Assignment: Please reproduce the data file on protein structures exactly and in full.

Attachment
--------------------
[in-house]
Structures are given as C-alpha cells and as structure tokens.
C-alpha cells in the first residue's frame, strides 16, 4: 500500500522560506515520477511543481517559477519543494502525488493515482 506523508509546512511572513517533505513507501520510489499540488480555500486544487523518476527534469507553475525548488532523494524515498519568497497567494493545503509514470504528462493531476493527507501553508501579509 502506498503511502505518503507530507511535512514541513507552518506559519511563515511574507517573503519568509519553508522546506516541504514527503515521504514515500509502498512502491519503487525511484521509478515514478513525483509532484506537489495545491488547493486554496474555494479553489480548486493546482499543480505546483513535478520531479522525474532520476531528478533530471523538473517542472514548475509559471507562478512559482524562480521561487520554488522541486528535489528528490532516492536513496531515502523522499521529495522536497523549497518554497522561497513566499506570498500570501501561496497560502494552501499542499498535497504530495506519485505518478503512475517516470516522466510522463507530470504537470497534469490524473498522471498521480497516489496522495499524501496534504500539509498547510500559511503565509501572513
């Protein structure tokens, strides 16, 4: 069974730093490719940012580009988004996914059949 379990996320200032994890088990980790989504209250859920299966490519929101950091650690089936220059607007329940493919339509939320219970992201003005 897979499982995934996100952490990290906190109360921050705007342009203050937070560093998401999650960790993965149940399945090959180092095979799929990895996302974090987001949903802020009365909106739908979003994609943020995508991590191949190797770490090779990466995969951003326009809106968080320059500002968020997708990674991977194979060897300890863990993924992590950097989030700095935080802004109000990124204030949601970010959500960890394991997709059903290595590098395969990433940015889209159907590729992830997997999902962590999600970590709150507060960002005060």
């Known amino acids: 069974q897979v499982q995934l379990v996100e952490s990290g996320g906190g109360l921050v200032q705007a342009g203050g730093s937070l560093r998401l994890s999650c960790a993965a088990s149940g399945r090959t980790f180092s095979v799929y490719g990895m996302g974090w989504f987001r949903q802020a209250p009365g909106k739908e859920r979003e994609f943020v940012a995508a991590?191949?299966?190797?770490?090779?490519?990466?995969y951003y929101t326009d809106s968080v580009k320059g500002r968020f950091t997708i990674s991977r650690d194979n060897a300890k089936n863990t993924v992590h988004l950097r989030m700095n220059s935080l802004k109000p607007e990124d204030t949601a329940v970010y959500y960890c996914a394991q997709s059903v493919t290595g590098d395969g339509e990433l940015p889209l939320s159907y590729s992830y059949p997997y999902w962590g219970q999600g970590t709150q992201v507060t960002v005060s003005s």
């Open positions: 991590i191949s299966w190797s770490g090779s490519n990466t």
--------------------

[in-house]
Structures are given as C-alpha cells and as structure tokens.
C-alpha cells in the first residue's frame, strides 16, 4: 500500500522560506515520477511543481517559477519543494502525488493515482 506523508509546512511572513517533505513507501520510489499540488480555500486544487523518476527534469507553475525548488532523494524515498519568497497567494493545503509514470504528462493531476493527507501553508501579509 502506498503511502505518503507530507511535512514541513507552518506559519511563515511574507517573503519568509519553508522546506516541504514527503515521504514515500509502498512502491519503487525511484521509478515514478513525483509532484506537489495545491488547493486554496474555494479553489480548486493546482499543480505546483513535478520531479522525474532520476531528478533530471523538473517542472514548475509559471507562478512559482524562480521561487520554488522541486528535489528528490532516492536513496531515502523522499521529495522536497523549497518554497522561497513566499506570498500570501501561496497560502494552501499542499498535497504530495506519485505518478503512475517516470516522466510522463507530470504537470497534469490524473498522471498521480497516489496522495499524501496534504500539509498547510500559511503565509501572513
């Protein structure tokens, strides 16, 4: 069974730093490719940012580009988004996914059949 379990996320200032994890088990980790989504209250859920299966490519929101950091650690089936220059607007329940493919339509939320219970992201003005 897979499982995934996100952490990290906190109360921050705007342009203050937070560093998401999650960790993965149940399945090959180092095979799929990895996302974090987001949903802020009365909106739908979003994609943020995508991590191949190797770490090779990466995969951003326009809106968080320059500002968020997708990674991977194979060897300890863990993924992590950097989030700095935080802004109000990124204030949601970010959500960890394991997709059903290595590098395969990433940015889209159907590729992830997997999902962590999600970590709150507060960002005060």
């Known amino acids: 069974q897979v499982q995934l379990v996100e952490s990290g996320g906190g109360l921050v200032q705007a342009g203050g730093s937070l560093r998401l994890s999650c960790a993965a088990s149940g399945r090959t980790f180092s095979v799929y490719g990895m996302g974090w989504f987001r949903q802020a209250p009365g909106k739908e859920r979003e994609f943020v940012a995508a991590?191949?299966?190797?770490?090779?490519?990466?995969y951003y929101t326009d809106s968080v580009k320059g500002r968020f950091t997708i990674s991977r650690d194979n060897a300890k089936n863990t993924v992590h988004l950097r989030m700095n220059s935080l802004k109000p607007e990124d204030t949601a329940v970010y959500y960890c996914a394991q997709s059903v493919t290595g590098d395969g339509e990433l940015p889209l939320s159907y590729s992830y059949p997997y999902w962590g219970q999600g970590t709150q992201v507060t960002v005060s003005s």
């Open positions: 991590i191949s299966w190797s770490g090779s490519n990466t």